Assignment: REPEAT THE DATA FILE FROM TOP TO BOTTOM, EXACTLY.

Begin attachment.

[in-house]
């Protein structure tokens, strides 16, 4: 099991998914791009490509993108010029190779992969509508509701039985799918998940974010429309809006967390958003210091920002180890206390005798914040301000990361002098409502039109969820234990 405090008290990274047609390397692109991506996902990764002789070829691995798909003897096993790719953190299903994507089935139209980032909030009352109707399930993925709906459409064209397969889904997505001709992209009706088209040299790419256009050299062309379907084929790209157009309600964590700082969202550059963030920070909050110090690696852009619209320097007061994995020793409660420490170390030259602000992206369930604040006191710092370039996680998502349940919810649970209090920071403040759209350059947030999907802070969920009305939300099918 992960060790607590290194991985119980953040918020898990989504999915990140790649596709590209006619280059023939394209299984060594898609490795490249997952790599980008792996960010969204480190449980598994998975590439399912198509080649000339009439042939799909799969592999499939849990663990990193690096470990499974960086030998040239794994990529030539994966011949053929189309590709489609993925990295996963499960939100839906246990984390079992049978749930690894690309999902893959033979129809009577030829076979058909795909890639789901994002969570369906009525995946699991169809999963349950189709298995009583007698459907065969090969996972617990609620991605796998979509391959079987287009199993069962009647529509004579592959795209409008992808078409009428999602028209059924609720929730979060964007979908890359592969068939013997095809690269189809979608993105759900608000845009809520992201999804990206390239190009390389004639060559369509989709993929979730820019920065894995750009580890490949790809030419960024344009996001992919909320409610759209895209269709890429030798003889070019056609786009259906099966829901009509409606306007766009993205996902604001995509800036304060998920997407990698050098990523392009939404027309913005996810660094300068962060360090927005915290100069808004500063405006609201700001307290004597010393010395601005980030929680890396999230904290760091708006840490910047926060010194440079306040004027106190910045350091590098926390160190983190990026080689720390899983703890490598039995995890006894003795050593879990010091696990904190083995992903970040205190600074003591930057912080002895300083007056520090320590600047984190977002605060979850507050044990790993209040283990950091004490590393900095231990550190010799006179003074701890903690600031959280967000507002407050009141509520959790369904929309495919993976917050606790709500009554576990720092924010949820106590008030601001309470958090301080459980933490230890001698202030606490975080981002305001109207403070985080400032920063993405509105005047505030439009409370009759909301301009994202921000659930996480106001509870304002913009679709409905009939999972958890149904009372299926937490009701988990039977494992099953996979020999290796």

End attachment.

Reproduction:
[in-house]
């Protein structure tokens, strides 16, 4: 099991998914791009490509993108010029190779992969509508509701039985799918998940974010429309809006967390958003210091920002180890206390005798914040301000990361002098409502039109969820234990 405090008290990274047609390397692109991506996902990764002789070829691995798909003897096993790719953190299903994507089935139209980032909030009352109707399930993925709906459409064209397969889904997505001709992209009706088209040299790419256009050299062309379907084929790209157009309600964590700082969202550059963030920070909050110090690696852009619209320097007061994995020793409660420490170390030259602000992206369930604040006191710092370039996680998502349940919810649970209090920071403040759209350059947030999907802070969920009305939300099918 992960060790607590290194991985119980953040918020898990989504999915990140790649596709590209006619280059023939394209299984060594898609490795490249997952790599980008792996960010969204480190449980598994998975590439399912198509080649000339009439042939799909799969592999499939849990663990990193690096470990499974960086030998040239794994990529030539994966011949053929189309590709489609993925990295996963499960939100839906246990984390079992049978749930690894690309999902893959033979129809009577030829076979058909795909890639789901994002969570369906009525995946699991169809999963349950189709298995009583007698459907065969090969996972617990609620991605796998979509391959079987287009199993069962009647529509004579592959795209409008992808078409009428999602028209059924609720929730979060964007979908890359592969068939013997095809690269189809979608993105759900608000845009809520992201999804990206390239190009390389004639060559369509989709993929979730820019920065894995750009580890490949790809030419960024344009996001992919909320409610759209895209269709890429030798003889070019056609786009259906099966829901009509409606306007766009993205996902604001995509800036304060998920997407990698050098990523392009939404027309913005996810660094300068962060360090927005915290100069808004500063405006609201700001307290004597010393010395601005980030929680890396999230904290760091708006840490910047926060010194440079306040004027106190910045350091590098926390160190983190990026080689720390899983703890490598039995995890006894003795050593879990010091696990904190083995992903970040205190600074003591930057912080002895300083007056520090320590600047984190977002605060979850507050044990790993209040283990950091004490590393900095231990550190010799006179003074701890903690600031959280967000507002407050009141509520959790369904929309495919993976917050606790709500009554576990720092924010949820106590008030601001309470958090301080459980933490230890001698202030606490975080981002305001109207403070985080400032920063993405509105005047505030439009409370009759909301301009994202921000659930996480106001509870304002913009679709409905009939999972958890149904009372299926937490009701988990039977494992099953996979020999290796």